Experiencing The Health Benefits Of Ashwagandha

Posted on November 21, 2020

As an ancient herbal medicine, Ashwagandha has indeed been a staple within the natural therapists list of “go to therapies. The herb has a classification as an “adaptogen”, this means that primary use of the herb tends to be as an aid for stress management.

Its botanical name is Withania somnifera and quite often referred to as Withania most likely because of the difficulty in pronouncing Ashwagandha. Nevertheless, this little wonder plant has a number of interesting characteristics which support its use by herbalists, naturopaths and Ayurveda practitioners.

The plant is native to India and North Africa, its extracts are then used in a variety of formulations designed to treat a number of health conditions.

Let’s take a look at some of the areas natural practitioners apply Ashwagandha to alleviate common health issues.

  • Support the reduction of blood sugar levels
    • Studies have demonstrated that the herb has lowered blood sugar levels which may be attributed to the plant having compounds called withanolides
  • Animal studies and cancer
    • While not yet proven in human studies, a compound in the herb influences programmed death of cancer cells
  • Cortisol levels
    • Adrenal glands are responsible for production of cortisol and chronically elevated levels are not a good thing to have in the human body. Ashwagandha may help to lower cortisol levels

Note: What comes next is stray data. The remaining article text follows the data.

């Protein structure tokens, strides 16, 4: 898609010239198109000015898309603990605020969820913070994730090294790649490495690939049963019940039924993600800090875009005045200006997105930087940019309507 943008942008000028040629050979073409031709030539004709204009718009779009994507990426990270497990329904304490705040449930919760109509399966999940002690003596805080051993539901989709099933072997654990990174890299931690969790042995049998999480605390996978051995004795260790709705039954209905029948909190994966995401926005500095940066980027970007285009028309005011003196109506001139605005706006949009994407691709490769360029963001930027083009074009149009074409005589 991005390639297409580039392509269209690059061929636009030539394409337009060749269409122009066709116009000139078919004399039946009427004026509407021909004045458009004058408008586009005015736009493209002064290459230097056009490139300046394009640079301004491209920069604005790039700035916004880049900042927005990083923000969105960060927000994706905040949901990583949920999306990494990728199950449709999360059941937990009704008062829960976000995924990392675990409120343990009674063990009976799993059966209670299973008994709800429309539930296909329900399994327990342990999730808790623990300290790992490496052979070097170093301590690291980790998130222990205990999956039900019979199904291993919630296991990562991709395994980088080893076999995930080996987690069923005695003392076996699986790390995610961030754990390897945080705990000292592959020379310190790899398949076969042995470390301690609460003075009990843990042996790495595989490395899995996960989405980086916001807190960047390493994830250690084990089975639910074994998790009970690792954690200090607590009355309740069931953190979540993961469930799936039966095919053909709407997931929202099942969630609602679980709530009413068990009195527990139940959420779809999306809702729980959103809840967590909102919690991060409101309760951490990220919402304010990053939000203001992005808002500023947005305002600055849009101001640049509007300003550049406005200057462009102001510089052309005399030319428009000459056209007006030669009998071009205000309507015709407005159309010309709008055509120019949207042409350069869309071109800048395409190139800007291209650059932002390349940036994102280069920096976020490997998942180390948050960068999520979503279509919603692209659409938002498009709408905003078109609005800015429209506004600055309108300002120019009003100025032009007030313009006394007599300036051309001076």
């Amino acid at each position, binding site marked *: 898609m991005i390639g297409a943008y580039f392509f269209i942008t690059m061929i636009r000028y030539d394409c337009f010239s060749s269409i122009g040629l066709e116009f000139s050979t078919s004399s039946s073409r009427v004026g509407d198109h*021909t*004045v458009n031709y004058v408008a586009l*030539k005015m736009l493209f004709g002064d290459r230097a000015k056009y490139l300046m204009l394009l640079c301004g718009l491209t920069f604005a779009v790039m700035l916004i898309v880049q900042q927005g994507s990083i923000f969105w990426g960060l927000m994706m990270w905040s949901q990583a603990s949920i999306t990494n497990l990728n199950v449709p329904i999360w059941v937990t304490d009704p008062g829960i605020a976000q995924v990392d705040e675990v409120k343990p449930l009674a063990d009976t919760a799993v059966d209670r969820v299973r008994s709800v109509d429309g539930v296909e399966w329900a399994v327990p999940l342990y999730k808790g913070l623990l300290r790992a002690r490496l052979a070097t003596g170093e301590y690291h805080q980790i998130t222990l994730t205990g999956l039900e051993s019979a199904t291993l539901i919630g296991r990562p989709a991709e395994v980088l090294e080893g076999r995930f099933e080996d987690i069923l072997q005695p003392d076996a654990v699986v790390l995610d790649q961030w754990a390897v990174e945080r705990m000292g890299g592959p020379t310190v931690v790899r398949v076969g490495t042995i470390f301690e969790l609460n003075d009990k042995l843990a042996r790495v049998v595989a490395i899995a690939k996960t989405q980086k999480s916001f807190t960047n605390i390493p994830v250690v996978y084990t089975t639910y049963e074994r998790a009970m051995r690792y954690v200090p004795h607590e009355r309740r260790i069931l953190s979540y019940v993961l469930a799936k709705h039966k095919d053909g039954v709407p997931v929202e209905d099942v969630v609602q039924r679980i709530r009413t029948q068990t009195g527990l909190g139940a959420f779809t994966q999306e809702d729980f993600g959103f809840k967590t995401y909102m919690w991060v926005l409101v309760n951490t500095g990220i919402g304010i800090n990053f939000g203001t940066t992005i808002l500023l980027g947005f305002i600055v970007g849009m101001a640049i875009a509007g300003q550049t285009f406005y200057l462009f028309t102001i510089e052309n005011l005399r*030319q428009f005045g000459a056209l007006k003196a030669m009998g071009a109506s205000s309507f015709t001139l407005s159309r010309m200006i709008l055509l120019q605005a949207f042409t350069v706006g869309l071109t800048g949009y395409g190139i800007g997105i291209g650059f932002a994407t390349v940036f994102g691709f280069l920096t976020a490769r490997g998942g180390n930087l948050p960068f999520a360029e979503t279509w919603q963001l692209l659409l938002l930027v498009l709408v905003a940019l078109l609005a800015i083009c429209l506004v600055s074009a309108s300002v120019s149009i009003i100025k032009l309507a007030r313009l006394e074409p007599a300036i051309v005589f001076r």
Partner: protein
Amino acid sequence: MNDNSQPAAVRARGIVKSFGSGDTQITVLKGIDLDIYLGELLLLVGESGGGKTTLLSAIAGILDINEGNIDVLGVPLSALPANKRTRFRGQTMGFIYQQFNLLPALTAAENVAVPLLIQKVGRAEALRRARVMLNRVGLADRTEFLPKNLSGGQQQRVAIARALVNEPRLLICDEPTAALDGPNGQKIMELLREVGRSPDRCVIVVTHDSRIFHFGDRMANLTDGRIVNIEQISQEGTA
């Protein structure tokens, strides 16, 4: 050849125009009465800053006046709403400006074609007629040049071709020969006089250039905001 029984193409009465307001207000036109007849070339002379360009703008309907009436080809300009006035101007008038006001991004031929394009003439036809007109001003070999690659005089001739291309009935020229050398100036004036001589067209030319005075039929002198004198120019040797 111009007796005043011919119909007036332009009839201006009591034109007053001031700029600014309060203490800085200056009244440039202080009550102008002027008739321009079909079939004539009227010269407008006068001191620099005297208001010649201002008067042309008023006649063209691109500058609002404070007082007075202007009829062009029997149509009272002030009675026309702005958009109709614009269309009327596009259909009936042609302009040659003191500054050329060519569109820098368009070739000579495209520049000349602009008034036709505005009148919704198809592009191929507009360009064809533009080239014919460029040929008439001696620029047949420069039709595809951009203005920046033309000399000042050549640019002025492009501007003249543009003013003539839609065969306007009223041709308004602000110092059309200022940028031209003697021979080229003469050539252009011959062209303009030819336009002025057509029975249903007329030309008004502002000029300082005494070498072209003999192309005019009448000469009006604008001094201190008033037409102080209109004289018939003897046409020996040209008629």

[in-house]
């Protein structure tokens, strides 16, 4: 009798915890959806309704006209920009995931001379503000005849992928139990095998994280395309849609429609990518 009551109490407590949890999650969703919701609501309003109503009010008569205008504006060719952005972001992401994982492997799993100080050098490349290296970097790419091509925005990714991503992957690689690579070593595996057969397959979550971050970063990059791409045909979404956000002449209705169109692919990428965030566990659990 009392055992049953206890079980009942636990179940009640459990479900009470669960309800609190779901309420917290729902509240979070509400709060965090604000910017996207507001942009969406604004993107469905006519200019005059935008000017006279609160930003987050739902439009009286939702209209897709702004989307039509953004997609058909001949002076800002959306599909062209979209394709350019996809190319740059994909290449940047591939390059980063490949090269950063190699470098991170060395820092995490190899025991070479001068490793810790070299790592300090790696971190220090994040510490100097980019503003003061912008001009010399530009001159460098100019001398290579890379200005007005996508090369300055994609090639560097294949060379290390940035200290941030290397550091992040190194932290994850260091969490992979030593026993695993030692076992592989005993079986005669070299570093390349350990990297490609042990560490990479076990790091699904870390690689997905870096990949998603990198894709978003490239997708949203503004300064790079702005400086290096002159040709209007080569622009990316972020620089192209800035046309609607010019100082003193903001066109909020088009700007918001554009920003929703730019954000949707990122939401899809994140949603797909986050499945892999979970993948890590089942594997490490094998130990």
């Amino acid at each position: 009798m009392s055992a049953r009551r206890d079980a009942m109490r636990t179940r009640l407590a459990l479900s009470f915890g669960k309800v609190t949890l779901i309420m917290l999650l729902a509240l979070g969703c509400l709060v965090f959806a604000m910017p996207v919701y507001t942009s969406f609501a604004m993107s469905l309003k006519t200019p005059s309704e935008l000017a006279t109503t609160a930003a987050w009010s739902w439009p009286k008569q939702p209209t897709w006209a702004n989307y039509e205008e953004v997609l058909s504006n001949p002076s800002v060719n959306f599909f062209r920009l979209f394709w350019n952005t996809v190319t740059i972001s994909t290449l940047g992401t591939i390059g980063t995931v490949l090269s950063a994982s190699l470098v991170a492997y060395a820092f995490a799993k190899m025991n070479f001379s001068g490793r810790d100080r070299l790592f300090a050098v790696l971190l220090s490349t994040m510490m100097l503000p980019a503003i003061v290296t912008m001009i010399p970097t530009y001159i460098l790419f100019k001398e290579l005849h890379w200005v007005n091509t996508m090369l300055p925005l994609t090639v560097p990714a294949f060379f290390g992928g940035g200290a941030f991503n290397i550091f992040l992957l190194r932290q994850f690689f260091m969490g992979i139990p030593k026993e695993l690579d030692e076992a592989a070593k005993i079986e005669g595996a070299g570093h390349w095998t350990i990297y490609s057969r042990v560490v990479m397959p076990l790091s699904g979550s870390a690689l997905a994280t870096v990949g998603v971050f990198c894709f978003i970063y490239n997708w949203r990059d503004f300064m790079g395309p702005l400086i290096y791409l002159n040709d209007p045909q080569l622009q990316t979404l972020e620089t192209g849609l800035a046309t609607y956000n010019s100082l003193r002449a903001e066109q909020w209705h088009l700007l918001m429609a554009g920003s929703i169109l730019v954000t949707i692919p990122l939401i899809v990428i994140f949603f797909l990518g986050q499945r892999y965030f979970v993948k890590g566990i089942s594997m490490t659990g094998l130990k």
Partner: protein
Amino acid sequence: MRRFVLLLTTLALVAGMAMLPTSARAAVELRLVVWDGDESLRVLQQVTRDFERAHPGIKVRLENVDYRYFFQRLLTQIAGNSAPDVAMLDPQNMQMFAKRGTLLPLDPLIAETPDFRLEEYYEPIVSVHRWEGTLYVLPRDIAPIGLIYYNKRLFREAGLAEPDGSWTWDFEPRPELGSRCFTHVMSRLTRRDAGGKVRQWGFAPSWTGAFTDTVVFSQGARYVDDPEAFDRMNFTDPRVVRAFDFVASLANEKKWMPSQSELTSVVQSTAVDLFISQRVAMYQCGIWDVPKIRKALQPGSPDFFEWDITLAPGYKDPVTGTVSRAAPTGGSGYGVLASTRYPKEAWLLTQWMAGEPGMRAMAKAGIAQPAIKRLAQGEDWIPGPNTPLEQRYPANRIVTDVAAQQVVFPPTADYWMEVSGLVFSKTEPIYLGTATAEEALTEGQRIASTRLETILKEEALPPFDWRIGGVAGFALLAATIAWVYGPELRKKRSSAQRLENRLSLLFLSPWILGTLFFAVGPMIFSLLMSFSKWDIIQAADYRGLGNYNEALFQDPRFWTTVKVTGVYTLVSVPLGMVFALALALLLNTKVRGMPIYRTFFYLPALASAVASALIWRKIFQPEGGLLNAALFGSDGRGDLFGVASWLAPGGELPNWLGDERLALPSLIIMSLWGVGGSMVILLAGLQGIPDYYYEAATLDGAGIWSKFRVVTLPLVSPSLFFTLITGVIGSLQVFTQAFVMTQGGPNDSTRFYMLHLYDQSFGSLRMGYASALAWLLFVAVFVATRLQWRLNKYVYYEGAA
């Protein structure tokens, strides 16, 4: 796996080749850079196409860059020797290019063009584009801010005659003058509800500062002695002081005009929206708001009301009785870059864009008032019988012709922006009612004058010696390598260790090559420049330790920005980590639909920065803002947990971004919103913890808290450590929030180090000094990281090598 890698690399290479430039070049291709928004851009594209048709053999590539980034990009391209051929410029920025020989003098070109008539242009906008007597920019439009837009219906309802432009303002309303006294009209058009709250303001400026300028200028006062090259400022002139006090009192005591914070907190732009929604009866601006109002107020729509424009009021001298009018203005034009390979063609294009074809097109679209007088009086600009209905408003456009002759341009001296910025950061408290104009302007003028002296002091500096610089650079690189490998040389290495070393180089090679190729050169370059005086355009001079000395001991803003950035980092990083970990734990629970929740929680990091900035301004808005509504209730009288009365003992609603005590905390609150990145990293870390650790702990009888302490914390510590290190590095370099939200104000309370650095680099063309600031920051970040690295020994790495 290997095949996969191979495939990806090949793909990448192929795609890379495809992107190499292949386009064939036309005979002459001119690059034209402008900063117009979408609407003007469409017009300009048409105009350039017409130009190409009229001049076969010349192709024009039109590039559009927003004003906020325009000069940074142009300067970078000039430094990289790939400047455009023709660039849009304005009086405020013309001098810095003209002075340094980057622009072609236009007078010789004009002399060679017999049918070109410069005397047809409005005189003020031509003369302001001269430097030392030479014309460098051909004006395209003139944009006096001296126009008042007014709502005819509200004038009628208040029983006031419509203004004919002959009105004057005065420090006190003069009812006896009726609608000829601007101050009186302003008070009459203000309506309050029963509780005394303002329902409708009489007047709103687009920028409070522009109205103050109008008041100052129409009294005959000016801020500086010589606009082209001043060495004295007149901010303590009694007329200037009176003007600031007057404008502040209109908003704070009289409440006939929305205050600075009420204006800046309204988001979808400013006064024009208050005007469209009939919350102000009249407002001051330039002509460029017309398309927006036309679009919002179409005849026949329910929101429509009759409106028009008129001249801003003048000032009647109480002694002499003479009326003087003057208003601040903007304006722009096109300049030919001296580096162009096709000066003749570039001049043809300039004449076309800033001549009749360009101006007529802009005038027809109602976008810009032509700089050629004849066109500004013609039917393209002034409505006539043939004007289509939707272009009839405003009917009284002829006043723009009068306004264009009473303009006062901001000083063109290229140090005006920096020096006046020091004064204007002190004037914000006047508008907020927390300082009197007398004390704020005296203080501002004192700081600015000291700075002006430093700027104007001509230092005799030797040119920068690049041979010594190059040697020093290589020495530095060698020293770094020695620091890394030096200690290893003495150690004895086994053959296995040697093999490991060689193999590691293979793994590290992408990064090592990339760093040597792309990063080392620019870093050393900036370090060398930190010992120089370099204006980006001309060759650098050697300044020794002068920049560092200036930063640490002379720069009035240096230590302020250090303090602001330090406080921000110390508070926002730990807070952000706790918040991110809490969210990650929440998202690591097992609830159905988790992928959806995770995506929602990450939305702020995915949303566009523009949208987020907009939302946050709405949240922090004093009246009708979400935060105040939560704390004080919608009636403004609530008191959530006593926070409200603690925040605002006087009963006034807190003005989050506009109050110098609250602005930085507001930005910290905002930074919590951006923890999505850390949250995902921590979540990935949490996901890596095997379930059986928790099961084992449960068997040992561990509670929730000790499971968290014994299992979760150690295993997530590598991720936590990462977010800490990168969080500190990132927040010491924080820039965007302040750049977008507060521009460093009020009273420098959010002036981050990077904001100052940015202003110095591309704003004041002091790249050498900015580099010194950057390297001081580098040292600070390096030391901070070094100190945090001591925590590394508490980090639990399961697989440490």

• Can the herb help with stress and anxiety?
    • Best known for its use in this area, Ashwagandha is often used to aid in the treatment of people suffering symptoms of stress and anxiety disorders. There are studies in humans which have demonstrated positive managements of stress and anxiety with the herb
  • How about depression?
    • There are no conclusive studies to show how the herb can assist with mild forms of depression however; in one study, there were statistically significant results within a study group taking a high concentration of Ashwagandha

There are certainly other areas of study in human health conditions where Ashwagandha has shown promise as an effective treatment. Work is progressing on areas such as fertility, muscle mass and strength, inflammation, cholesterol and triglycerides & brain function.

Ashwagandha is a safe supplement for most people, although its long-term effects are unknown. However, certain individuals should not take it, including pregnant and breastfeeding women.

People with autoimmune diseases should also avoid ashwagandha unless authorized by a healthcare provider. This includes people with conditions like rheumatoid arthritis, lupus, Hashimoto’s thyroiditis, and type 1 diabetes.

Additionally, those on medication for thyroid disease should be careful when taking ashwagandha, as it may increase thyroid hormone levels in some people.

It may also decrease blood sugar and blood pressure levels, so medication dosages may need to be adjusted if you take it.

The recommended dosage of ashwagandha depends on the type of supplement. Extracts are more effective than crude ashwagandha root or leaf powder.

A herb that has been used in Ayurvedic and Indigenous medicine for over 3,000 years; Ashwagandha is certainly an amazing plant and well respected by practitioners of natural therapy.

Ashwagandha can be found in a number of herbal medicine or remedies. If you are considering use of the herb for your particular health needs, always speak to your healthcare provider and notify them immediately if symptoms persist of worsen

Say safe and be healthy.